The King of Kong: A Fistful of Quarters (2007).

Director: Seth Gordon.

Starring: Steve Wiebe, Billy Mitchell, Walter Day, Roy Shildt, Brian Kuh, Robert Mruczek, Mike Thompson.

Run Time: 79 minutes.

Rating: PG.

Apparently, competitive computer gaming is a serious business. A sport in its own right, some might say. A society of competitive gamers exist, battling tooth and nail for high scores and the number one spot. Name a computer game, past or present, and there will be people somewhere on the planet playing it.

This brings me nicely to the fantastically titled The King of Kong: A Fistful of Quarters. This 2007 documentary follows the battle between long time Donkey Kong champ Billy Mitchell (no Eastenders connection) and everyman challenger Steve Wiebe. Before I get into the meat and potatoes of the review, I have to confess right now, SPOILER ALERT!!! I’m an absolutely huge fan of Steve Wiebe. I’d never heard of the guy before watching the film, and why would I? He’s an unassuming science teacher from Washington who just happens to play Donkey Kong really really well. This aside, and I don’t say this lightly, ‘Super’ Steve Wiebe is a true American hero.

Steve Wiebe: American Hero ©Twitter

I really don’t want to give too much away about King of Kong, as it really would spoil the overall experience of the film, but Steve faces a bucket load of adversity as the challenger to Mitchell’s crown. You could say that fate is against him, but I think the correct word to use would be ‘conspiracy’. Wiebe is the perennial underdog, with a catalogue of misfortunes stopping him achieving his goals in life. You can’t help but root for him, and the way he carries himself throughout just exudes like-a-bility. This, coupled with a genuine skill in Donkey Kong, sets him up very early on as our hero.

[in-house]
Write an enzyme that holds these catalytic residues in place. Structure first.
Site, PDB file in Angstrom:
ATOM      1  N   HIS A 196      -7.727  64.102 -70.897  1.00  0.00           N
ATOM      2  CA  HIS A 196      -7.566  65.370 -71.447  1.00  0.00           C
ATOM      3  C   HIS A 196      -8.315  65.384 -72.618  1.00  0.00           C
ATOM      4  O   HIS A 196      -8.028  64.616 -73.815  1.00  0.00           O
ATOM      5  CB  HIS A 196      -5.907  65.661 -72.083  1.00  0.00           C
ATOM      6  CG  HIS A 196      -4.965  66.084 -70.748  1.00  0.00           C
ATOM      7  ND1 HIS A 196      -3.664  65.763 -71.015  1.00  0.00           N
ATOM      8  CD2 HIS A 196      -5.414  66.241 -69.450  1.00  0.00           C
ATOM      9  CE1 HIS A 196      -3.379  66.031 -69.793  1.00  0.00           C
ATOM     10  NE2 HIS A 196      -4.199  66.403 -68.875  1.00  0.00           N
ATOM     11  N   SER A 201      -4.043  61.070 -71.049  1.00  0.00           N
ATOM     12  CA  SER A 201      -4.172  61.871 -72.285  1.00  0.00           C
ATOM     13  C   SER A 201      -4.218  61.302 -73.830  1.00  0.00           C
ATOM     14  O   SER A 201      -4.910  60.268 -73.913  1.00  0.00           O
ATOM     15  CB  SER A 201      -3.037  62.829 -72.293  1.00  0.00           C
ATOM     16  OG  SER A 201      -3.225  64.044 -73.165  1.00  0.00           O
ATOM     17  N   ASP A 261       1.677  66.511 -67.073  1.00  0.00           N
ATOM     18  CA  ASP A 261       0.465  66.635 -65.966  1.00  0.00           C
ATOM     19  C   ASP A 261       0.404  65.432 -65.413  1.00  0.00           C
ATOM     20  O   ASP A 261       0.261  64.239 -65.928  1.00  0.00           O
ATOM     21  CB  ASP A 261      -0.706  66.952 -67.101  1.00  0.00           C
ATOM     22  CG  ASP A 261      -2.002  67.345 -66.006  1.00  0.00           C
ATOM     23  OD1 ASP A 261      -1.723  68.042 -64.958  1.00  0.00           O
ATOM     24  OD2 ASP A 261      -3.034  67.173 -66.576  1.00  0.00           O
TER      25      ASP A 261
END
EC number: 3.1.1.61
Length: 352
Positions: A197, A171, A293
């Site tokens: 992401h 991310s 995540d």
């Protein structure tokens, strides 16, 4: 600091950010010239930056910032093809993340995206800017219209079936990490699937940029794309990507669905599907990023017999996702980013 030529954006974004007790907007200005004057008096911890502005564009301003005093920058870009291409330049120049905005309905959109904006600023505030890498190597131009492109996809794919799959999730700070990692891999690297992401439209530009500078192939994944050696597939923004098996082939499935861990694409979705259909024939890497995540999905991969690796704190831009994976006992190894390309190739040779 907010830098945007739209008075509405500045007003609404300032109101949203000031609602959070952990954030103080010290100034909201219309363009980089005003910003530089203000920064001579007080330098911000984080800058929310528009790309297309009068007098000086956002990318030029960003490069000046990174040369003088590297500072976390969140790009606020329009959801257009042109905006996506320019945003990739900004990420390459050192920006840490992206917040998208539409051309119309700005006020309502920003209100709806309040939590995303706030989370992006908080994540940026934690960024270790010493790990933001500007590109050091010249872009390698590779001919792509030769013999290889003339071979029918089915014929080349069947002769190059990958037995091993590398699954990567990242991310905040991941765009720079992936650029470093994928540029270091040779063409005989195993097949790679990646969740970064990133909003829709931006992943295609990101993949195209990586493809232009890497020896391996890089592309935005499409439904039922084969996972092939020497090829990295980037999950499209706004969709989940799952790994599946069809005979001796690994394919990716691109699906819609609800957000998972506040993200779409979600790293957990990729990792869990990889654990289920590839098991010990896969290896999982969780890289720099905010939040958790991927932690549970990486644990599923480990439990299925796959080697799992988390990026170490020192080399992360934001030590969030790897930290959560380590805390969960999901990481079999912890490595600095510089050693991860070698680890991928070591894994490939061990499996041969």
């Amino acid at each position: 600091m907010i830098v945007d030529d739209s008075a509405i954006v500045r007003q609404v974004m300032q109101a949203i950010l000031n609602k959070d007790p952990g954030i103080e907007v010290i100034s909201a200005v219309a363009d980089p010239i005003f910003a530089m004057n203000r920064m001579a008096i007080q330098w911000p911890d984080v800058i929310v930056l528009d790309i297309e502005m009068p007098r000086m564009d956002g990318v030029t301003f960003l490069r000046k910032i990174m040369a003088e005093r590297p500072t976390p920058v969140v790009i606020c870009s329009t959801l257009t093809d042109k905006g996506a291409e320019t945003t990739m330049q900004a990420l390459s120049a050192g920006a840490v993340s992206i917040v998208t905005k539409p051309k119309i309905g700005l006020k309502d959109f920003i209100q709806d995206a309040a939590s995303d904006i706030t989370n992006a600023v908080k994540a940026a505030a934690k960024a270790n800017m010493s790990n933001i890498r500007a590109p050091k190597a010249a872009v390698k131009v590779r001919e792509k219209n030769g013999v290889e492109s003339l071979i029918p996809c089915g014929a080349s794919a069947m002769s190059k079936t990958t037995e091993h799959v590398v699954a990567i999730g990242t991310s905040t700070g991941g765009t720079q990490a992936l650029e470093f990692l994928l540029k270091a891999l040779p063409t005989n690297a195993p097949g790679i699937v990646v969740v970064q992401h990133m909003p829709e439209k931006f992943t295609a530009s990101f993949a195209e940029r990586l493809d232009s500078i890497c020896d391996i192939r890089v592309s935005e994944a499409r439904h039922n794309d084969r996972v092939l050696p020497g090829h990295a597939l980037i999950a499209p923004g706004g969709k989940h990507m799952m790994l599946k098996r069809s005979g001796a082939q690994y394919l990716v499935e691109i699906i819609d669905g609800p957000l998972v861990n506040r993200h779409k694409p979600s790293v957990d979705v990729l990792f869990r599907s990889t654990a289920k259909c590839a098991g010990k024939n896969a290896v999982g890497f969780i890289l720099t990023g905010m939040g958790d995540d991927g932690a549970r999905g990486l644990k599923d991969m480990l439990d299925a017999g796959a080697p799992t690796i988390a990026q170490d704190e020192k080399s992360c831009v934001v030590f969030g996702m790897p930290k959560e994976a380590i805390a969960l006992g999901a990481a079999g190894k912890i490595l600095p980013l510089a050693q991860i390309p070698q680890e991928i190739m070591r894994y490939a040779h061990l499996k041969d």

This makes Billy Mitchell our villain, and boy does he live up to his billing. Child prodigy. Hot sauce mogul. Record holder. Git. Billy Mitchell is all of these things. He is also, undoubtedly, a winner. But he is also a man willing to win at all costs, using all of the dark arts available to him throughout the film. It’s a really sad aspect of the film, as Billy Mitchell is quite clearly good enough to win at these games fairly, but every time Steve makes a breakthrough, billy seeks to destroy his rival through various means.

Billy Mitchell: Shit Head ©

Most infuriating are the cast of Mitchell acolytes, including official referee and founder of the gaming’s governing body (Twin Galaxies) Walter Day, and protégé Brian Kuh, who undermine Wiebe along the way. They constantly keep Mitchell ahead of the curve, relaying messages and watching Steve over his shoulder at various gaming meets.

The characters and various interlocking subplots feel too good to be true, and I imagine you would be hard pressed to find actors who could play each person better than they already do themselves. As with other great documentaries, the cast are perfectly comedic and dramatic in real life. Whether it was intended or not, the story feels less contrived due to the omission of a narrator, allowing the plot to develop as unbiasedly as possible. You would also be hard pressed to sell the story as fiction, there are so many twists and turns throughout.